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Fertility doctor should have said 'no' to octuplets mother Nadya Suleman, expert says

October 18, 2010 |  2:14 pm

An expert witness testified Monday that Nadya Suleman still has 29 frozen embryos.

Dr. Victor Fujimoto, a professor of reproductive science at UC San Francisco said Dr. Michael Kamrava deviated from the standard of care by failing to use those frozen embryos in 2008 and instead allowed Suleman to undergo fertility treatments to create new embryos, never referring her for mental health screening.

Suleman underwent 13 rounds of fertility treatments at a cost of about $18,000 each, Fujimoto said. He said frozen embryos would have cost a fifth of that.

"What's the point of freezing embryos if you're not going to use them?" Deputy Atty. Gen. Judith Alvarado asked.

"I'm not sure," Fujimoto answered.

Fujimoto deemed each round of fertility treatments an "extreme departure" from the accepted standard of care.

He said doctors can say "no" to patients "when it is beyond the reasonable standard of care which is established for that situation."

"You have to protect the patient from themselves?" Alvarado asked.

"Sometimes," Fujimoto said. "... more is not necessarily better."

Fujimoto said Suleman's medical records show Kamrava used 16 of her eggs to create 14 embryos and implanted her with a dozen of them on July 19, 2008, when she was 33 and already had six children, all through in vitro fertilization procedures with Kamrava. National guidelines would have required no more than two embryos to be implanted, ideally one, given Suleman's age and history of successful pregnancies.

"I cannot imagine any of my colleagues transferring that many," Fujimoto said of the embryos.

He said Suleman's medical records show Kamrava had recommended transferring four embryos, which was still too many.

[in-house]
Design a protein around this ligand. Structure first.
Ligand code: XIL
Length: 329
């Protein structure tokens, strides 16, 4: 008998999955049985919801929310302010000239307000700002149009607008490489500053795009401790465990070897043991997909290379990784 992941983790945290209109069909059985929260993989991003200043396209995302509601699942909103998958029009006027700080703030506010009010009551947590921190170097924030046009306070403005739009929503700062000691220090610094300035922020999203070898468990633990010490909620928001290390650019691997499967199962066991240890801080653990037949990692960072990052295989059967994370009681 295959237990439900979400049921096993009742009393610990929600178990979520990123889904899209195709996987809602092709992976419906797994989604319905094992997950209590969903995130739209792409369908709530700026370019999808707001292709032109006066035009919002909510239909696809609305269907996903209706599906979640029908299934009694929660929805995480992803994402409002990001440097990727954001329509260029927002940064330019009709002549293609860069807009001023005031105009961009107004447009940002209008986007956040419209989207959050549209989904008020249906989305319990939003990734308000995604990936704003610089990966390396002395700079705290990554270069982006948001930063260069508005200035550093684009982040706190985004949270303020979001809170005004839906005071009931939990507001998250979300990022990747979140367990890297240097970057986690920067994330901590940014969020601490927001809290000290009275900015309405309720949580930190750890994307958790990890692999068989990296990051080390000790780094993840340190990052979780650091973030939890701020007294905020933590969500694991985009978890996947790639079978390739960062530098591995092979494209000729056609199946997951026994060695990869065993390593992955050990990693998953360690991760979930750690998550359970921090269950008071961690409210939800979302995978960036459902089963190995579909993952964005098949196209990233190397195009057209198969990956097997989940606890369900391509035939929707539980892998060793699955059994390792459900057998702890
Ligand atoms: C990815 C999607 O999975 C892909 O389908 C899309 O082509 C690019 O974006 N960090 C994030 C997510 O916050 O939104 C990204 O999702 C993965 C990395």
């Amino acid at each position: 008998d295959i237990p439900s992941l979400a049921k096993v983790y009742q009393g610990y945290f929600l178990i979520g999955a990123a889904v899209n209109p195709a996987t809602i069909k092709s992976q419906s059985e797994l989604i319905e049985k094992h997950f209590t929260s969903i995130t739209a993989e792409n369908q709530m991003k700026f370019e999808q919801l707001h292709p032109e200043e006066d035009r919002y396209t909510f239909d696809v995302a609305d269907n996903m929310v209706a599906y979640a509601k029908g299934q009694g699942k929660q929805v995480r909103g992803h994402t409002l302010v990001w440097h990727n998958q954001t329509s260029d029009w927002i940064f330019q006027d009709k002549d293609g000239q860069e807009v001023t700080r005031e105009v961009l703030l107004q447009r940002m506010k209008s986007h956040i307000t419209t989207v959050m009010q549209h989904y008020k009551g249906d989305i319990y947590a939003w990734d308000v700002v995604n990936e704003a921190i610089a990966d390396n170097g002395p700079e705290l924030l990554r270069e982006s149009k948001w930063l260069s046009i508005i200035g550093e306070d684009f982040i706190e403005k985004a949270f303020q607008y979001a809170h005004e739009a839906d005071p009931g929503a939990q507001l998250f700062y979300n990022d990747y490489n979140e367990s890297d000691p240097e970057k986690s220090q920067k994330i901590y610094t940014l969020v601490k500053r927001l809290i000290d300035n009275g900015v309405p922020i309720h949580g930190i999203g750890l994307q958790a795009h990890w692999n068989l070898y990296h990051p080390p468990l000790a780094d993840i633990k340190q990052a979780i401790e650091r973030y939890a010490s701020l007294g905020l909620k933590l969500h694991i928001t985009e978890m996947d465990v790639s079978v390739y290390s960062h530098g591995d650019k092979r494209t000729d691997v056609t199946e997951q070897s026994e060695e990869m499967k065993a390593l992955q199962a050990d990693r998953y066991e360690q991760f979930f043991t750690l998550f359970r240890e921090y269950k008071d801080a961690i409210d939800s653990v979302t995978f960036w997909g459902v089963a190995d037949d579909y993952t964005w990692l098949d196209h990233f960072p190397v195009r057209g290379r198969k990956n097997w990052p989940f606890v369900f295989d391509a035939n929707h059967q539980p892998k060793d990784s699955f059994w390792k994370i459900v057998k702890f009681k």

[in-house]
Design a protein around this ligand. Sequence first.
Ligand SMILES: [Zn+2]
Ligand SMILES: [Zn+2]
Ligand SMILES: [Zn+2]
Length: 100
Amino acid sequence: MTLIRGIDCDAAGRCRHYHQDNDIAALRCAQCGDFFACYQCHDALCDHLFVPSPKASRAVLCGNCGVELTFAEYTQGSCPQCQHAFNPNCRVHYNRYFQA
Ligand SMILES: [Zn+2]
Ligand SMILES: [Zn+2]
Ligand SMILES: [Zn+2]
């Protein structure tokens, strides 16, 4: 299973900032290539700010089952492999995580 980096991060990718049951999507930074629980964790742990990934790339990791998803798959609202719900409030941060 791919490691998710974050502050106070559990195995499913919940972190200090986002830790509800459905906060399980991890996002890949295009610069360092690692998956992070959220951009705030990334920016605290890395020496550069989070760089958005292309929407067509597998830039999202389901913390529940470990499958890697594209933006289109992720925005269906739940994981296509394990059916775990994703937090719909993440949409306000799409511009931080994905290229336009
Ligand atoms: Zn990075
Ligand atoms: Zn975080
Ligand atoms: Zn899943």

Alvarado said it was unclear what would become of the frozen embryos.

"There's no legal guidelines or standards. She is free to use those," Alvarado said.

Alvarado said she does not plan to call Suleman or the other two patients named in the accusation as witnesses, although they may be called by Kamrava's attorney.

The hearing is expected to last at least a week and could determine whether Kamrava's medical license is suspended or revoked.

The Medical Board of California has accused Kamrava of gross negligence related to Suleman's case as well as two others: a 48-year-old woman who became pregnant with quadruplets and another woman who was diagnosed with advanced ovarian cancer after he allegedly ruled it out and gave her fertility treatments.

Alvarado said she does not plan to call additional witnesses. Kamrava's attorney said he plans to call at least two doctors, Dr. Tien C. Chiu, Suleman's previous fertility doctor, and Dr. Jeffrey Steinberg, who has fertility clinics in Los Angeles, Las Vegas and New York. Steinberg has publicly defended Kamrava and has been quoted as saying: "Who am I to say that six [children] are the limit? There are people who like to have big families."

Kamrava has already been expelled from the American Society of Reproductive Medicine for a pattern of behavior detrimental to the industry. He continues to practice in Beverly Hills.

Kamrava has remained largely silent since the birth of Suleman's octuplets but defended his actions in a "Nightline" interview last year. He said that Suleman's case "was done the right way ... under the circumstances."

-- Molly Hennessy-Fiske

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